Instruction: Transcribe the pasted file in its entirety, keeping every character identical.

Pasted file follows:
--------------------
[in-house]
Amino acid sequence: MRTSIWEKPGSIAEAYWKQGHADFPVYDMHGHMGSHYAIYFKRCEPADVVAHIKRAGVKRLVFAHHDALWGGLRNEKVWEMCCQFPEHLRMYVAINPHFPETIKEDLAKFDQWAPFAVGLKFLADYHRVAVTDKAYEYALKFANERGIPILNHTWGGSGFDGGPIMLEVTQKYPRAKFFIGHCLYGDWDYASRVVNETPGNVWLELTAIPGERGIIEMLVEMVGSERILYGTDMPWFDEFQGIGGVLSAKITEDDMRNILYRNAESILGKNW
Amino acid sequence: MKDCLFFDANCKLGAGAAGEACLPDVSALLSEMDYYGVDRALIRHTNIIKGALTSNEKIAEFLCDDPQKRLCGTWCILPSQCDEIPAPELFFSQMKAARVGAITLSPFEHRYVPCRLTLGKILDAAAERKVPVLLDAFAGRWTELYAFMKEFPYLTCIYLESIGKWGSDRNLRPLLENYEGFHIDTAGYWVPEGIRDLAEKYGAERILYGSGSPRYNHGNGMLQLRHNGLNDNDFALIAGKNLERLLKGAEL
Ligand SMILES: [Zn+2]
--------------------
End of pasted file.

[in-house]
Amino acid sequence: MRTSIWEKPGSIAEAYWKQGHADFPVYDMHGHMGSHYAIYFKRCEPADVVAHIKRAGVKRLVFAHHDALWGGLRNEKVWEMCCQFPEHLRMYVAINPHFPETIKEDLAKFDQWAPFAVGLKFLADYHRVAVTDKAYEYALKFANERGIPILNHTWGGSGFDGGPIMLEVTQKYPRAKFFIGHCLYGDWDYASRVVNETPGNVWLELTAIPGERGIIEMLVEMVGSERILYGTDMPWFDEFQGIGGVLSAKITEDDMRNILYRNAESILGKNW
Amino acid sequence: MKDCLFFDANCKLGAGAAGEACLPDVSALLSEMDYYGVDRALIRHTNIIKGALTSNEKIAEFLCDDPQKRLCGTWCILPSQCDEIPAPELFFSQMKAARVGAITLSPFEHRYVPCRLTLGKILDAAAERKVPVLLDAFAGRWTELYAFMKEFPYLTCIYLESIGKWGSDRNLRPLLENYEGFHIDTAGYWVPEGIRDLAEKYGAERILYGSGSPRYNHGNGMLQLRHNGLNDNDFALIAGKNLERLLKGAEL
Ligand SMILES: [Zn+2]